Another new chapter allowing pre-revenue companies would initially apply only to the biotech sector because it has some particularly unique characteristics. Biotech companies make up a majority of pre-revenue listings globally and the sector is strictly regulated under a regime that sets external milestones on development. This provides a bit of a measuring stick for investors, and gives them an idea of how to judge companies that do not have traditional indicators of performance, like revenue or profits, as their products are not yet approved to be sold in the market.
If pre-revenue companies or those with WVR list in our market, it would trigger additional investor protection safeguards.
With respect to investor protection in the context of WVR, it is important to note the distinction between two different questions: (i) how to protect minority investors against possible misconduct by controlling shareholders and (ii) how controlling shareholders obtained their controlling power. Our proposed WVR rules do not alter any of the measures in the current listing rules related to the first question; the proposed WVR rules only address the second question by allowing founders of “new economy” companies to acquire controlling powers through contractual arrangement rather than the conventional model that only looks at the investment of capital. There are obviously additional measures to ensure that investors are protected against misuse of the powers acquired. Those protections include prohibiting the issuance of new WVR shares after listing, limiting who can hold WVR shares and the transferring of those shares, and much more. (You can read more information here.)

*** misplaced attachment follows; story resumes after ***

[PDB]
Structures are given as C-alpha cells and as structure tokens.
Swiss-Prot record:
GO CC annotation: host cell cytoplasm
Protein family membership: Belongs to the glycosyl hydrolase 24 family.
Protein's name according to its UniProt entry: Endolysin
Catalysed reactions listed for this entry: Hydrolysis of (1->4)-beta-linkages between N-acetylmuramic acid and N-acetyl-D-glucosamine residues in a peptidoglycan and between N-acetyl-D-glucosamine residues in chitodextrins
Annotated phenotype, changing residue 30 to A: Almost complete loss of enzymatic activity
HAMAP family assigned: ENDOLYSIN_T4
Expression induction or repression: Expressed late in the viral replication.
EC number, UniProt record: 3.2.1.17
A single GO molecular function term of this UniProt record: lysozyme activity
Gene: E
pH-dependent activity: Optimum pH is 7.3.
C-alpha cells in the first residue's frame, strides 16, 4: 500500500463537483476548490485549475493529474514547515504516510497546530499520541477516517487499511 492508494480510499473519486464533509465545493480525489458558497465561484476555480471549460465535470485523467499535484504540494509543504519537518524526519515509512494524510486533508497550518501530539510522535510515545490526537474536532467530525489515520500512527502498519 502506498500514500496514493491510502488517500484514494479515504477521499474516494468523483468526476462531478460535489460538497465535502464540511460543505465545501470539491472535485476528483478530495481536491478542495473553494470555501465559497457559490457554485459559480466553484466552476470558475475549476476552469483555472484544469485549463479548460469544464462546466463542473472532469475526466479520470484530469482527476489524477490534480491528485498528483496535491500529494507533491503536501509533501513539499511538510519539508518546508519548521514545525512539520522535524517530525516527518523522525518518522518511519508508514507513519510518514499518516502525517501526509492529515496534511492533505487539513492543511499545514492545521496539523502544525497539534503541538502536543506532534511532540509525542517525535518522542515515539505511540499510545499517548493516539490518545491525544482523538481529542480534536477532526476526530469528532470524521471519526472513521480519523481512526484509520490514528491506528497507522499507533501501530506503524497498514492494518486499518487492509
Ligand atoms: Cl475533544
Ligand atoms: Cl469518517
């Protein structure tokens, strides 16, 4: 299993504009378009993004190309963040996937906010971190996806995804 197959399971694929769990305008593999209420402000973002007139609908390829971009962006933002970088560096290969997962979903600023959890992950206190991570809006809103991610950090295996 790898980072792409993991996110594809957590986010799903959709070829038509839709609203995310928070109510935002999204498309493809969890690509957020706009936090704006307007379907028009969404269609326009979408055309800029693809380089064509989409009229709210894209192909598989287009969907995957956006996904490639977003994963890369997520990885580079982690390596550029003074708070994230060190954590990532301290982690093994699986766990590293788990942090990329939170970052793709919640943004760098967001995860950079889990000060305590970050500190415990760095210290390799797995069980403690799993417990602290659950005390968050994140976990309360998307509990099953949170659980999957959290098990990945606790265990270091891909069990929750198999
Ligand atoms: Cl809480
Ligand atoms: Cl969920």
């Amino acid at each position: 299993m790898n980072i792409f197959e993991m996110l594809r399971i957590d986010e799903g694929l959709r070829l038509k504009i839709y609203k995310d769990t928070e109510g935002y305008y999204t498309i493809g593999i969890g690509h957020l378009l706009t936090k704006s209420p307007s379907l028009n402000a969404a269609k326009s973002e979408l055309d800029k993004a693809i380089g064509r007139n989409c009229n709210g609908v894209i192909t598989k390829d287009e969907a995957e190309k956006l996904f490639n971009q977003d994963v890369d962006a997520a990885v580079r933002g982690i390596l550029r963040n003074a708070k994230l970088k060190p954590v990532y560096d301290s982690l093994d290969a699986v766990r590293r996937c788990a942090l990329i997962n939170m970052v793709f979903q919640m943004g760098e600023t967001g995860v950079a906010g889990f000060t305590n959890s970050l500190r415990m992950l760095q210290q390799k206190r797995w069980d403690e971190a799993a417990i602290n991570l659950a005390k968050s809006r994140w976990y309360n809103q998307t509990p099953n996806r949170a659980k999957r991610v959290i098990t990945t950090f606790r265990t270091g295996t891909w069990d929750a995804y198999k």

Admittedly, coming up with a precise definition of “new economy” is a challenge, which is why we are proposing a requirement that the Listing Department put the factors that determine eligibility into guidance letters.
We are also creating a new route to secondary listings in Hong Kong to attract companies from emerging and innovative sectors. We are aware that many successful new economy companies already listed in the US and UK would benefit from these reforms.
These proposals would re-structure our market with the Main Board catering to established and high-growth companies with large market capitalisations, and GEM serving as a board for small and medium-sized firms. With stricter rules and heightened listing criteria, we expect GEM to attract quality issuers that meet our high standards.
Hong Kong is already a leading global IPO centre, and with these reforms we will be presenting an even more compelling case to new economy companies when they choose their listing venue. In fact, we’ve seen a marked increase in the number of listing enquiries we’ve received of late.
In closing, I want to give my heartfelt thanks to the entire market for considering these issues honestly and openly. The Hong Kong Government and the Securities and Futures Commission have also done a deep dive into the possibilities for reform and have guided us to find solutions that work. They deserve our sincere respect and gratitude.
We have come a long way, but we are not at the finish line yet. We will consult the market on Listing Rule amendments in the first quarter of next year, so we will be calling on the market once again to share your thoughts and suggestions.
When our market comes together as a collective to push forward positive change, there is nothing we can’t accomplish. I am confident that together, we will put Hong Kong in a position to capture the next generation of opportunities and ensure our long-term prosperity.